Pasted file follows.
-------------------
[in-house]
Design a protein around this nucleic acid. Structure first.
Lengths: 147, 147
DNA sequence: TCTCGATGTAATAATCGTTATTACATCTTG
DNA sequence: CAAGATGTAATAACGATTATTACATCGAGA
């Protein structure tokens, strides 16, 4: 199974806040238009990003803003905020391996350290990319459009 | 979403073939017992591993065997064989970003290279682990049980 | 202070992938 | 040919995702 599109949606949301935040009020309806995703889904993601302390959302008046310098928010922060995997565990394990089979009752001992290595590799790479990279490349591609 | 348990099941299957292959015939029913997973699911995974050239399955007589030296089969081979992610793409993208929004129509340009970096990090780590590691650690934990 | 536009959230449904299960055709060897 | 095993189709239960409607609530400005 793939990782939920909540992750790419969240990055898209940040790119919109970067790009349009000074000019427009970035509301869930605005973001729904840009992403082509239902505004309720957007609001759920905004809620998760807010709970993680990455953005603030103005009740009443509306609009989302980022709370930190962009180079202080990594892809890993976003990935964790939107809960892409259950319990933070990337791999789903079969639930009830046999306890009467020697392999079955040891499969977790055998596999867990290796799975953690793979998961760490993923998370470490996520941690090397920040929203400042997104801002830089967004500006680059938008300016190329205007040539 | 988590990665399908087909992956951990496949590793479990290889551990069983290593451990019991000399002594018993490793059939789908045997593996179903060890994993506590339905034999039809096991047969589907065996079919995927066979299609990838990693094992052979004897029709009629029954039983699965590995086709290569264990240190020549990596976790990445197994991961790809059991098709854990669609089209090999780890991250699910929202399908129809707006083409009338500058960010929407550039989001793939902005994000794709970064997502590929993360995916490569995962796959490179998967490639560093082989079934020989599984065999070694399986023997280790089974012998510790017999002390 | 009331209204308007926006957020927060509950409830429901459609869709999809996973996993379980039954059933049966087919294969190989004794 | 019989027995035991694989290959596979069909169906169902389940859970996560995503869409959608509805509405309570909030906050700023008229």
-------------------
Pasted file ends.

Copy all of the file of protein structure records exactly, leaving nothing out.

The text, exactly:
[in-house]
Design a protein around this nucleic acid. Structure first.
Lengths: 147, 147
DNA sequence: TCTCGATGTAATAATCGTTATTACATCTTG
DNA sequence: CAAGATGTAATAACGATTATTACATCGAGA
């Protein structure tokens, strides 16, 4: 199974806040238009990003803003905020391996350290990319459009 | 979403073939017992591993065997064989970003290279682990049980 | 202070992938 | 040919995702 599109949606949301935040009020309806995703889904993601302390959302008046310098928010922060995997565990394990089979009752001992290595590799790479990279490349591609 | 348990099941299957292959015939029913997973699911995974050239399955007589030296089969081979992610793409993208929004129509340009970096990090780590590691650690934990 | 536009959230449904299960055709060897 | 095993189709239960409607609530400005 793939990782939920909540992750790419969240990055898209940040790119919109970067790009349009000074000019427009970035509301869930605005973001729904840009992403082509239902505004309720957007609001759920905004809620998760807010709970993680990455953005603030103005009740009443509306609009989302980022709370930190962009180079202080990594892809890993976003990935964790939107809960892409259950319990933070990337791999789903079969639930009830046999306890009467020697392999079955040891499969977790055998596999867990290796799975953690793979998961760490993923998370470490996520941690090397920040929203400042997104801002830089967004500006680059938008300016190329205007040539 | 988590990665399908087909992956951990496949590793479990290889551990069983290593451990019991000399002594018993490793059939789908045997593996179903060890994993506590339905034999039809096991047969589907065996079919995927066979299609990838990693094992052979004897029709009629029954039983699965590995086709290569264990240190020549990596976790990445197994991961790809059991098709854990669609089209090999780890991250699910929202399908129809707006083409009338500058960010929407550039989001793939902005994000794709970064997502590929993360995916490569995962796959490179998967490639560093082989079934020989599984065999070694399986023997280790089974012998510790017999002390 | 009331209204308007926006957020927060509950409830429901459609869709999809996973996993379980039954059933049966087919294969190989004794 | 019989027995035991694989290959596979069909169906169902389940859970996560995503869409959608509805509405309570909030906050700023008229």